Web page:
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“We ran from too many gunshots that went on throughout the night. My parents died. My siblings have been killed. So we had to run. We ran to the border."

 -Matata, a Congolese refugee in Uganda


Uganda is one of the most underdeveloped countries in the world. It has been affected by almost 20 years of insecurity due to attacks from the “Lord’s Resistance Army” (LRA).

The LRA targeted children as soldiers because they were easier to kidnap and forcibly indoctrinate to its' violent ideals. Children were kidnapped, abused, and forced to commit horrendous acts to survive until they became "brainwashed" into violent killing machines.

While recent peace has boosted its development, the new refugees crises put a serious strain on Uganda's already-weakened healthcare system.

At least 20,000 Ugandan children were abducted by the LRA.

Violent roadblocks to development

Communities in North Uganda have suffered greatly. The LRA attacked communities in North Uganda for years and the area is now the poorest in the nation.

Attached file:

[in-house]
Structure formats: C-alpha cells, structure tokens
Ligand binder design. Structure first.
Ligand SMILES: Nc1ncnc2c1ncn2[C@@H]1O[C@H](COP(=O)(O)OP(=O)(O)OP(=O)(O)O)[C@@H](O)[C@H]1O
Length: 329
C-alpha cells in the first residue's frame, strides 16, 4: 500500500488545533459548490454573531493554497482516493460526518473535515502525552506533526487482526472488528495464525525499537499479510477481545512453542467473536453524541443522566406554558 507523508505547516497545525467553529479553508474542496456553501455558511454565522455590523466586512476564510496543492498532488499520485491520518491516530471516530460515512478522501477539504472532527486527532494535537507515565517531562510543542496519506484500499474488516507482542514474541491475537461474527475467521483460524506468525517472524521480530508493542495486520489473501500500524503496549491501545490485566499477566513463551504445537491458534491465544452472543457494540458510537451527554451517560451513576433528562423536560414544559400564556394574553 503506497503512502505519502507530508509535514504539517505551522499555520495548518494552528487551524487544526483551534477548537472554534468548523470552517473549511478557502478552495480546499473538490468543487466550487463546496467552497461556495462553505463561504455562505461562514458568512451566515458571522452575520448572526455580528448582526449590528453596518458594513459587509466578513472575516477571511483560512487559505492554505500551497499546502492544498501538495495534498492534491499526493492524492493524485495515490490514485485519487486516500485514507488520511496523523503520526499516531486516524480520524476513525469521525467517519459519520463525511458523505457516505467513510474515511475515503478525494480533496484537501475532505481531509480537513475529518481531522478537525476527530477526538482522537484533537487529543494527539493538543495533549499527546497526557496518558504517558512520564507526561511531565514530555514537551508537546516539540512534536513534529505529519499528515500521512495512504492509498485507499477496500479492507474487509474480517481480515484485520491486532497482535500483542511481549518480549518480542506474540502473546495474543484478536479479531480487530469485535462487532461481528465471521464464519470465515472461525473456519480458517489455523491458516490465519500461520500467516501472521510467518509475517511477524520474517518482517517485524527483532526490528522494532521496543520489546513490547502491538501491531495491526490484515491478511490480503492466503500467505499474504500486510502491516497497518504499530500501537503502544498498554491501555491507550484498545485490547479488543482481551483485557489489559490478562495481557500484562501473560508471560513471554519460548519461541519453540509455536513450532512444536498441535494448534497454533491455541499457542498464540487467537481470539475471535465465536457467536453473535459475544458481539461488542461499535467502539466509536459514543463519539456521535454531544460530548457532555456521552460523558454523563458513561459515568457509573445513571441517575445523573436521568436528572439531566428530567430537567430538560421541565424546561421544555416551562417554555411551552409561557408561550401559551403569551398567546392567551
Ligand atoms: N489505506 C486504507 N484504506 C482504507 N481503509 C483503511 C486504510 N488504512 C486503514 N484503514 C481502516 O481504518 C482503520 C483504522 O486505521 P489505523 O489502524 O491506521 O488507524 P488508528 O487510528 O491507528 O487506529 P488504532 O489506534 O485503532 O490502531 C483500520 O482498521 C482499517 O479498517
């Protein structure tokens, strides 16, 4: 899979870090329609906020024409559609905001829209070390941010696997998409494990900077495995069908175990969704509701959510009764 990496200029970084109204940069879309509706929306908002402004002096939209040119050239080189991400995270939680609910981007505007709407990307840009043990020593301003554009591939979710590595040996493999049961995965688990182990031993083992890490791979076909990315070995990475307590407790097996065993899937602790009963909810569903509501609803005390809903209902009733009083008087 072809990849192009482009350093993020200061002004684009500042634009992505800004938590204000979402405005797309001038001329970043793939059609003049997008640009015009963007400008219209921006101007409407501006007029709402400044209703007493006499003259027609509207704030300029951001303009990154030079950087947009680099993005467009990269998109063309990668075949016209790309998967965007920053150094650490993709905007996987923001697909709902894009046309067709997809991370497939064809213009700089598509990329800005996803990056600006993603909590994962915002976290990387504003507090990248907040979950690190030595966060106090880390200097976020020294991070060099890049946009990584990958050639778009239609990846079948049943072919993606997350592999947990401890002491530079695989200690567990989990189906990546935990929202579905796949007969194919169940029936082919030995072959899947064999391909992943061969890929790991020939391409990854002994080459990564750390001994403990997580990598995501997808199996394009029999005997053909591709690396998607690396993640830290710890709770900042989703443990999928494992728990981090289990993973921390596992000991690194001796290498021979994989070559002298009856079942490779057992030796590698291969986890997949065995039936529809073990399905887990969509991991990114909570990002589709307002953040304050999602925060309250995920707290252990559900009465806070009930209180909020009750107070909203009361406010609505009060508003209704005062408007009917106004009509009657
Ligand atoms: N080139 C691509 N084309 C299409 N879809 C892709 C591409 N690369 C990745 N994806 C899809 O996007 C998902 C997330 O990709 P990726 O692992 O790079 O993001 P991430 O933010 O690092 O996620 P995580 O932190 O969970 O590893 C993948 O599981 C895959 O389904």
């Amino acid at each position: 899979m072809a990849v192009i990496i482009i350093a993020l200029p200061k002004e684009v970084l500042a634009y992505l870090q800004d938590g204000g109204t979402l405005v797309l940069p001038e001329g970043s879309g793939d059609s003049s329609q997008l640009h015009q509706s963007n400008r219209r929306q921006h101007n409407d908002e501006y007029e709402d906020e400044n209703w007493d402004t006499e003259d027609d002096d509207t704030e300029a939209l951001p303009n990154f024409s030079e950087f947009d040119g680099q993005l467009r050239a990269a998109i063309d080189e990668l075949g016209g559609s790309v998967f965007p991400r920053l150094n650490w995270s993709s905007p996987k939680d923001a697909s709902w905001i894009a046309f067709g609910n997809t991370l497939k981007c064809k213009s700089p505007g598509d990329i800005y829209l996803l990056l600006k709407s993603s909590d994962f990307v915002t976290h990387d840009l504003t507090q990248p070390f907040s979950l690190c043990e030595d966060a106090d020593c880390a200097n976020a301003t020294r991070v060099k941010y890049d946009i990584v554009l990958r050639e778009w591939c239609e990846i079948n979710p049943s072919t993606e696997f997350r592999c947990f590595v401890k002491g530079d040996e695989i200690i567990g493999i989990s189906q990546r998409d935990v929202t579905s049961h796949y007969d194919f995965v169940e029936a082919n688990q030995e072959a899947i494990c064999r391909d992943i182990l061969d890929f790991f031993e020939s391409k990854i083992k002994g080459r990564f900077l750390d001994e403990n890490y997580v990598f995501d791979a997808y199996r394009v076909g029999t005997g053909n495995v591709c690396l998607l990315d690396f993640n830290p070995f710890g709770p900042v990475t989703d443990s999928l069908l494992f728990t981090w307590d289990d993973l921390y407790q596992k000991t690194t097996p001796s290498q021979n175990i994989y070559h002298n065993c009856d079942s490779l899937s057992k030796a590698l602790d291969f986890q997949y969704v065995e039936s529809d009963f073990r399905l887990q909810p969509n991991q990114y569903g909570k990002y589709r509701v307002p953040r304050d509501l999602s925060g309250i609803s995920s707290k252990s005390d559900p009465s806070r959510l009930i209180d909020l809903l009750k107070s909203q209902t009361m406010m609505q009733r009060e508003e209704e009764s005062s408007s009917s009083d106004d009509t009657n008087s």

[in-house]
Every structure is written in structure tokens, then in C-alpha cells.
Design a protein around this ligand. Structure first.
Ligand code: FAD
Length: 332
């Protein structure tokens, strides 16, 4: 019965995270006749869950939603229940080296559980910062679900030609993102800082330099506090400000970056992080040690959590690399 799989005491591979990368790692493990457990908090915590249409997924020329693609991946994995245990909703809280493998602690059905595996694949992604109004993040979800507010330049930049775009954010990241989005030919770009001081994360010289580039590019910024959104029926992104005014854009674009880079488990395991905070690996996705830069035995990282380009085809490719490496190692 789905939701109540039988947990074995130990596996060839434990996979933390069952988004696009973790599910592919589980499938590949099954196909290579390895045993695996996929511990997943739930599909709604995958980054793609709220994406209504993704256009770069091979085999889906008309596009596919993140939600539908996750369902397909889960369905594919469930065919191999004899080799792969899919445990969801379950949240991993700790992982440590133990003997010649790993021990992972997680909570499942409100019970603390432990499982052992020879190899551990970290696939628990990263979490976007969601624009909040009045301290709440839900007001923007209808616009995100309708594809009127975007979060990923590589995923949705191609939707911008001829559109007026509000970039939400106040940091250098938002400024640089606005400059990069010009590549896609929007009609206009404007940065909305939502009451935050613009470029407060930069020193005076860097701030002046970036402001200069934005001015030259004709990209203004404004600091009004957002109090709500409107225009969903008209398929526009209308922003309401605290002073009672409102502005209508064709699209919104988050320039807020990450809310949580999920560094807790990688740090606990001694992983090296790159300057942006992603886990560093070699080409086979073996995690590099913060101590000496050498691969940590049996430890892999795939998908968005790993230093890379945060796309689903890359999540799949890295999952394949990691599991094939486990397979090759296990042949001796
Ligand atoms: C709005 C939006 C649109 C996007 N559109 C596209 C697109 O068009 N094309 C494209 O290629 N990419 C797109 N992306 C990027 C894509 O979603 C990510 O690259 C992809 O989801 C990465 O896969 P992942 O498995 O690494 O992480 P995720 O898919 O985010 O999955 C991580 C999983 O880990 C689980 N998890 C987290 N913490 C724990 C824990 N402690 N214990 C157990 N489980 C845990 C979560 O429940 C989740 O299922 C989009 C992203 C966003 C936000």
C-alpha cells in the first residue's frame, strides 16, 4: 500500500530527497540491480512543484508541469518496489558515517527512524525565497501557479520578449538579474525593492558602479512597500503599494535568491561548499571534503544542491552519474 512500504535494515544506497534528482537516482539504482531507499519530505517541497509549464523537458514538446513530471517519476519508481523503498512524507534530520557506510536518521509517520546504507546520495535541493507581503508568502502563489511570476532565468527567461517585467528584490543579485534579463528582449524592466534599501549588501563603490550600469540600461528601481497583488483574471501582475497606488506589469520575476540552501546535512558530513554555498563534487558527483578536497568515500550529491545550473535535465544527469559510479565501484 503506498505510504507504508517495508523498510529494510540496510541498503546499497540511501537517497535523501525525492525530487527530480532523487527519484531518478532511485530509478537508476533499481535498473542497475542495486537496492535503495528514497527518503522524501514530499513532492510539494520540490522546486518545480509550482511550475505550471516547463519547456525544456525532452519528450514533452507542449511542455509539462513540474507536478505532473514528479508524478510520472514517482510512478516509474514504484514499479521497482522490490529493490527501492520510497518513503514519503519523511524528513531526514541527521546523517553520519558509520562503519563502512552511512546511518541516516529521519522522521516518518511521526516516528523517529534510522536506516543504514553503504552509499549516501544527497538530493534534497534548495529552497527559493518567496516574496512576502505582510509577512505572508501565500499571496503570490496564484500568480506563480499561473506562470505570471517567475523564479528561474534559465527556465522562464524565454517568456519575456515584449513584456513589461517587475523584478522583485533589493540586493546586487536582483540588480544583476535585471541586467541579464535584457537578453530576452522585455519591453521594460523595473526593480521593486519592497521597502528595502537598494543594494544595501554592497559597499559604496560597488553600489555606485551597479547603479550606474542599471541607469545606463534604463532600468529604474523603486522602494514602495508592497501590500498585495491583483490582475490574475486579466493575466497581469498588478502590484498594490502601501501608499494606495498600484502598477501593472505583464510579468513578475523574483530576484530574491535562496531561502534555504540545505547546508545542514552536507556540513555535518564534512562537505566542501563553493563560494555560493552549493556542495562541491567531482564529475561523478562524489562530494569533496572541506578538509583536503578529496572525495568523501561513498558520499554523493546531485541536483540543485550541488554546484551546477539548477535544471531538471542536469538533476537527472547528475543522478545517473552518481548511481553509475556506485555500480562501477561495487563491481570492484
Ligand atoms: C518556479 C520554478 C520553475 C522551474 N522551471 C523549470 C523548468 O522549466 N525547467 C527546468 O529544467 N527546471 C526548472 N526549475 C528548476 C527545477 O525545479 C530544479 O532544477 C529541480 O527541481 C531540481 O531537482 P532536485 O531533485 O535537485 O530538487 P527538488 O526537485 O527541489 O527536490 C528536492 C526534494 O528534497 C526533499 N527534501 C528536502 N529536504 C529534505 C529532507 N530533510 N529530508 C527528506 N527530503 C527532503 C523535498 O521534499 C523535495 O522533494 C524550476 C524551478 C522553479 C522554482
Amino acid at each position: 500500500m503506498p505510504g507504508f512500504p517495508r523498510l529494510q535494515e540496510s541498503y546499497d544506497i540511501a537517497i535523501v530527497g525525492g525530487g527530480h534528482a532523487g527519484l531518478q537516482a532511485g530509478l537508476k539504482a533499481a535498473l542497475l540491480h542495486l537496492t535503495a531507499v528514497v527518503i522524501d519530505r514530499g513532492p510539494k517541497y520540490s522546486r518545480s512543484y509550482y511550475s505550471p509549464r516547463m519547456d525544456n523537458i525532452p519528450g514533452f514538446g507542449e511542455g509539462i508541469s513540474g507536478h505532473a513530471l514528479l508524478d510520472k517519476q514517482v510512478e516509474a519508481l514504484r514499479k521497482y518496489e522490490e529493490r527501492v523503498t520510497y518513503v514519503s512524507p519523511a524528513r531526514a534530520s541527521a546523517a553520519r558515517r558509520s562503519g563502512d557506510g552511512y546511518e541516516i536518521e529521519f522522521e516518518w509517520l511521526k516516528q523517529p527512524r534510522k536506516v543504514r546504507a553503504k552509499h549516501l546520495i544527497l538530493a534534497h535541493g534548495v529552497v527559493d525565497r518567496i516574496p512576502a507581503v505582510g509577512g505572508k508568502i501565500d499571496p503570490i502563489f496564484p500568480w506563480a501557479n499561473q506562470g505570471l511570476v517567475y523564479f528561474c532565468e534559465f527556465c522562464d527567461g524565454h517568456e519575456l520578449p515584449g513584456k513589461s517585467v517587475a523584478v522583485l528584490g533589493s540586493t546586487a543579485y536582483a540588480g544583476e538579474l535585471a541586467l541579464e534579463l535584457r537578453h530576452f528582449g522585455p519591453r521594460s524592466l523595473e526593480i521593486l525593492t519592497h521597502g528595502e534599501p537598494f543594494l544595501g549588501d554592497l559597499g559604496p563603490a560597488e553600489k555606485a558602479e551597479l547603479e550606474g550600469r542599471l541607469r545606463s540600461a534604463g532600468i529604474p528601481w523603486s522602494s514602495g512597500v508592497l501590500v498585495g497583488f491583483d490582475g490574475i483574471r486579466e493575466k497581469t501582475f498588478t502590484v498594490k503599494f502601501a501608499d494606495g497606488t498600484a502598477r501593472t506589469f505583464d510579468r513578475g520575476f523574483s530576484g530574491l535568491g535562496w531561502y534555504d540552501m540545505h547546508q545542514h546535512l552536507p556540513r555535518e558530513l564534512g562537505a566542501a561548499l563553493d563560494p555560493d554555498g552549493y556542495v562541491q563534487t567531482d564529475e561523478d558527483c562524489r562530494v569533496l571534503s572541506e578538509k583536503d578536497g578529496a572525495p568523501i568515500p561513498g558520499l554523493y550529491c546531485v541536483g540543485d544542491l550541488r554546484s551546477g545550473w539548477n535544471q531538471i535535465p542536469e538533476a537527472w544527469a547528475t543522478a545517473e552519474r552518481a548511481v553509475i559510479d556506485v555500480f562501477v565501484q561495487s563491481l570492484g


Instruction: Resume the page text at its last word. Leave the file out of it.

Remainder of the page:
Access to health care services for women and children remains a critical concern as the severe violence slowed development of infrastructure and quality health care services.
Peace finally began in August 2006, and the country made significant progress towards its 2015 Millennium Development Goals, but major challenges to maternal and child health remain.

Refugee crisis in Uganda

Fighting in Uganda’s neighboring countries has pushed hundreds of thousands of refugees into border areas within the last few years. Homes are looted, towns change hands between forces, and both men and women suffer violence as a weapon of war.

This puts intense pressure on a system that is still struggling to recover and meet the needs of its own people. It is vital that enough support is in place to help the system heal and continue to grow.

Most recently, refugees have fled into Uganda to escape conflict in South Sudan, Burundi, and the Democratic Republic of Congo (DRC).

Our work in Uganda

We are working to restore a supportive healthcare system for Ugandans and the floods of refugees. Our programs support local community care and are supporting the development of emergency transport committees.

Critical preventative care like HIV testing and supporting Community Health, and treatment for stigmatized issues like Nodding Syndrome are keys to building a strong and stable health care system.
MTI staff treats a South Sudanese refugee child in Adjumani in Northern Uganda.

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Every gift makes a difference:

$120 a year provides medical care for ten South Sudanese refugee in Uganda

$180 sends $20,000 worth of lifesaving medicines and medical supplies